[Following on from Part #8], to recap: I’ve woken up early to catch the 08:45 ferry from Uisk to Harris.
Equipped with toilet paper and a shovel, there’s time for a quick morning jog. It’s so very warm in this beautifully wide cove [see pic above], sheltered from the unrelenting wind by the high sand banks behind. I wish I’d brought a towel and had a swim, but there’s no time. I rush to the ferry to find only one other person at the tiny port. There is no ferry, no one at the information kiosk, and no internet signal – just an electronic information board that confirms the 08:45 ferry is due. So where can it be?
I wait and wait for the ferry, frustrated that I’d missed out on that swim. I decide to take breakfast at the port, and fire up the stove. Is there a distillery on Harris, I ask myself? Cue the Malt Year Book. There is, of course! It’s in Tarbert.
- Founded in September 2015 with a build cost £11.4m, which is about par for a new modern distillery especially if you factor in a visitors centre which attracted 91000 visitors in 2018.
- Capacity is 40000 lpa.
- Fermentation is longer than the industry standard at between 72-96.
- Equipment of interest includes a stainless steel mash tun clad with American oak. Is that the perfect balance of convenience/efficiency and aesthetics?
- They’ve a pair of Italian stills. Would those be from Frilli like Glen Moray and Raasay? Indeed!
- Expect to see a whisky with 12-14ppm and perhaps some stronger experimental releases.
- Initially distilling gin, whisky production went online in December 2015 which means the distillery already has whisky around 4.5 years of age. Let’s hope the distillery is open.
Meanwhile, the port’s electronic information board has changed to confirm the next ferry is now scheduled for 13:30, just as the local man who had been parked in front of me had intimated. He’s gone now. During the long wait [just shy of 5 hours as it turns out], I take a look at a snapshot of the booking reservation I’d made halfway up a beach cliff when a random 3G connection met my phone. It appears I’ve booked a ticket for the opposite direction. I now find myself in the wrong lane – the ‘booked’ lane – for a journey which should have occurred hours earlier from a departure point I wish to be my destination. Kapish? Let’s see how this plays out.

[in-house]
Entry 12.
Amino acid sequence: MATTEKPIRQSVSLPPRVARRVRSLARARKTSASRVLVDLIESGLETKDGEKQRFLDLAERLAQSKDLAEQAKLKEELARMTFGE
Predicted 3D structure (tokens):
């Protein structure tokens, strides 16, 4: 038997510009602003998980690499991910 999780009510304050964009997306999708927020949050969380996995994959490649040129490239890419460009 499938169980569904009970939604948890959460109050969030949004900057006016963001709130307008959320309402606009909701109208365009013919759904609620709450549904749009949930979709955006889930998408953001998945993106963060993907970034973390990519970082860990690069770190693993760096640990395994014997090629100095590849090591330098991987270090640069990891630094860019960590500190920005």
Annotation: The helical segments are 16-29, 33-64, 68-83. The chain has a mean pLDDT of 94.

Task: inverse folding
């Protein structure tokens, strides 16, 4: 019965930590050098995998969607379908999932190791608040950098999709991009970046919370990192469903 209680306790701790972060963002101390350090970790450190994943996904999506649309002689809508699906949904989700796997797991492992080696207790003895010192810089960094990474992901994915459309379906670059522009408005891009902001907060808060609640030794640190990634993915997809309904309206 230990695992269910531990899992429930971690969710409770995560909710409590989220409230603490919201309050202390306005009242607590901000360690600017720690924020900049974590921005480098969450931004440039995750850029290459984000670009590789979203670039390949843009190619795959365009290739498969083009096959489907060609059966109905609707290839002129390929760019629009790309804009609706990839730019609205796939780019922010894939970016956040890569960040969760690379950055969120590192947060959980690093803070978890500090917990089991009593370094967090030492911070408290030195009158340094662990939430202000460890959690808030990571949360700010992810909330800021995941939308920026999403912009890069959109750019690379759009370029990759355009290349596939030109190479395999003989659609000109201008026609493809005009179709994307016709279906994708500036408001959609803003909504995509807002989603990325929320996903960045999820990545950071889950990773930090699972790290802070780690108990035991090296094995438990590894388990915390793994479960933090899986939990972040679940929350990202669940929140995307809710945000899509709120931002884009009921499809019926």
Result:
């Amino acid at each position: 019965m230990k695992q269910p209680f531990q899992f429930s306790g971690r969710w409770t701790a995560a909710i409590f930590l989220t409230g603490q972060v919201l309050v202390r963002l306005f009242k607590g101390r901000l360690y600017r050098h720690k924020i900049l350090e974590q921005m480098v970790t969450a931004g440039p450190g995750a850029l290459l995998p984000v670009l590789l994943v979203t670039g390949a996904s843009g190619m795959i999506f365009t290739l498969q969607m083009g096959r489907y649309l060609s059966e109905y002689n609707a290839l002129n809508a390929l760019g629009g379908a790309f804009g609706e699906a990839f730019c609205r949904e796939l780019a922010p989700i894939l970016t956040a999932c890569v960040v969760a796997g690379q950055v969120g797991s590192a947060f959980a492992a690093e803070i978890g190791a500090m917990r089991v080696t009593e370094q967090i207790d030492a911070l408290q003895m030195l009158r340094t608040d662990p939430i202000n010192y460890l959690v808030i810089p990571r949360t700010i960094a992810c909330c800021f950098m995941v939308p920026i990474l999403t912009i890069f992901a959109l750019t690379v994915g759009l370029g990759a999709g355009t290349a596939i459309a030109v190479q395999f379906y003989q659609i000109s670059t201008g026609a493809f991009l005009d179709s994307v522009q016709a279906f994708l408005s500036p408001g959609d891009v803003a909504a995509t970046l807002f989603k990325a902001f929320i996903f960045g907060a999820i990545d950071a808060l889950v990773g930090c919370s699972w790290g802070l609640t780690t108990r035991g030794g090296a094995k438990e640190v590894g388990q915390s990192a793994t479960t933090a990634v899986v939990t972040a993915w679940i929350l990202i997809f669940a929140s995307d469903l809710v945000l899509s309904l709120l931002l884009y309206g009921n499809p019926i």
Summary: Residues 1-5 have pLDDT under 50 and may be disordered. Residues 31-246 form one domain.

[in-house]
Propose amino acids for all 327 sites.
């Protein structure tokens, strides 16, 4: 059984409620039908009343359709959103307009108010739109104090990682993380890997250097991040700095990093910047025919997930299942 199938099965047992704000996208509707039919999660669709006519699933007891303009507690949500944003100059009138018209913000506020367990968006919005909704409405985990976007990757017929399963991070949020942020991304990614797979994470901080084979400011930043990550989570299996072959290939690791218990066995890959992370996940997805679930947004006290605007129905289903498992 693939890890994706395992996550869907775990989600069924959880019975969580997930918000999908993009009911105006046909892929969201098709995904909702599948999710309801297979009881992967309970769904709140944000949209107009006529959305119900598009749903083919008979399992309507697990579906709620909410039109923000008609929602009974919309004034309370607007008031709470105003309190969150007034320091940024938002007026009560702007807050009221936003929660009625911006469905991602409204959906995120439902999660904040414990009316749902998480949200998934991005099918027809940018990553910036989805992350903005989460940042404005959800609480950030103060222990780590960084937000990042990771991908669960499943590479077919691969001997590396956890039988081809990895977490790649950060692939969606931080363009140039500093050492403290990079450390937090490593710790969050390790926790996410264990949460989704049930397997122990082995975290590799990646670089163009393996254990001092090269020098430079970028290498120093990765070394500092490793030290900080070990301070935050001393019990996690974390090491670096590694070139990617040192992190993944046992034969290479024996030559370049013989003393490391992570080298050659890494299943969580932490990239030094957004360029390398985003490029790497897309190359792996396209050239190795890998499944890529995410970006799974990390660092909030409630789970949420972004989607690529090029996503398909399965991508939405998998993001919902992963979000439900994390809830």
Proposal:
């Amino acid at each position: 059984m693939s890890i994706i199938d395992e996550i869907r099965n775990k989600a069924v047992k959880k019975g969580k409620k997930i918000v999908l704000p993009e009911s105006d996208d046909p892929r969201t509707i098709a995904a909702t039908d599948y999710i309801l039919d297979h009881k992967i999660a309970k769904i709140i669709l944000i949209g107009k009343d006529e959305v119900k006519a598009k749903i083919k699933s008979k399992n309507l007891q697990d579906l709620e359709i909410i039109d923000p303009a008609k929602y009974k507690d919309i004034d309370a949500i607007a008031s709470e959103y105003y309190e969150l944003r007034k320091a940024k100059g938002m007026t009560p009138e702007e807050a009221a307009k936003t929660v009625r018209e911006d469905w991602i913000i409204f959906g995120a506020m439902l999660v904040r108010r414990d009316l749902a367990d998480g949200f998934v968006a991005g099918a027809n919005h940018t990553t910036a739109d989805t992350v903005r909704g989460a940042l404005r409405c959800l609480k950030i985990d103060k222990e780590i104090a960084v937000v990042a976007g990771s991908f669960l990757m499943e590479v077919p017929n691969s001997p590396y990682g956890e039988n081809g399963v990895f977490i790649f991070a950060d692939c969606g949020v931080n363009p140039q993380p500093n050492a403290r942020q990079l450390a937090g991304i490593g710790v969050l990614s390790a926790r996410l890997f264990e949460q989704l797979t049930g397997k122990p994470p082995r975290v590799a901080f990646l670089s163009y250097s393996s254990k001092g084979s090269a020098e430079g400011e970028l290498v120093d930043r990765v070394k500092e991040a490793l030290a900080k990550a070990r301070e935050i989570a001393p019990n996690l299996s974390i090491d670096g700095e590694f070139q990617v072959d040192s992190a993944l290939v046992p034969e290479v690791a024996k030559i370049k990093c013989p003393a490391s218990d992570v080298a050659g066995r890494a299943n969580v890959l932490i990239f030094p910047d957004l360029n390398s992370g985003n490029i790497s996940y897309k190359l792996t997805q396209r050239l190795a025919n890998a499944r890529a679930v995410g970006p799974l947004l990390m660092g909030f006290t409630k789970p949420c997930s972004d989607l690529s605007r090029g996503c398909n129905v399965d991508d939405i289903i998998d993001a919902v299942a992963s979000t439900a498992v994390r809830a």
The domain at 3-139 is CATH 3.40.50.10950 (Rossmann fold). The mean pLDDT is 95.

Incredibly, it plays out! How, I don’t know, but I’m in, I’m on [the ferry], and in no time at all I’m over the Sound of Harris and onto the island of Harris & Lewis itself.
Harris is stunning, making the frustrations that came from that long ferry wait dissolve right away. Furthermore, there are designated parking spots all over the island that actively encourage overnight stays – result! Away from the hotspots, I find a place all to myself. It’s just off the main road, but one or two passing cars per hour is hardly ‘main’ by urban standards. When a passing car becomes an event, you know you’re in a peaceful place.
I have a glorious view of the hills, the waterways, and the sandbanks. After steam-cleaning some Glencairn’s, I drink a number of things, without taking notes !!!!
I begin with a sherried flight consisting of ‘The’ Kilkerran 8yo [WLP87], a long ago-bought Bladnoch 12yo [full bottle report to follow], and more of Glen Moray’s ‘that sherry cask’ WLP90 & WLP90.
That evening, I spent time sticking luminous stars around my camper, looking through photos, and reminiscing – invariably in the manner of Rob in the novel High Fidelity. My current read is ‘The Decent of Man’, by Grayson Perry. It reminds me of many a Sociological book I read at University in the early-mid 1990s. Turns out Sociology [and the Manchester Metropolitan University, aka Mickey Mouse Uni] wasn’t so Mickey Mouse after all.
Wildly intoxicated, I take a wander. Expressing my inner animal, I shout to the sky. The hills reply – an enlivening marker/signifier of presence, a recognition of self,… of being.
As the sun sets over the bay, reflections of Greek islands [which I’d also picked up on earlier in the day], don’t fail to impress. If it weren’t for the chilly brisk winds that speak to the bones, even in mid-July, perhaps I’d consider Harris as a more long-term possibility. One of the most beautiful places on earth it may be, but to live here is another prospect. Cue a car who’s headlights cut strange patterns into the landscape.
Tomorrow I shall walk up one of the surrounding hills [see vid] before driving to Tarbert in an attempt to connect with the digital world and discover whether Harris Distillery is open or not. Most of all, I want to get into the sea. I hope the sun will finally break and the stubborn winds will desist. Either way, it’s all good. I’m here. I am in the Outer Hebrides!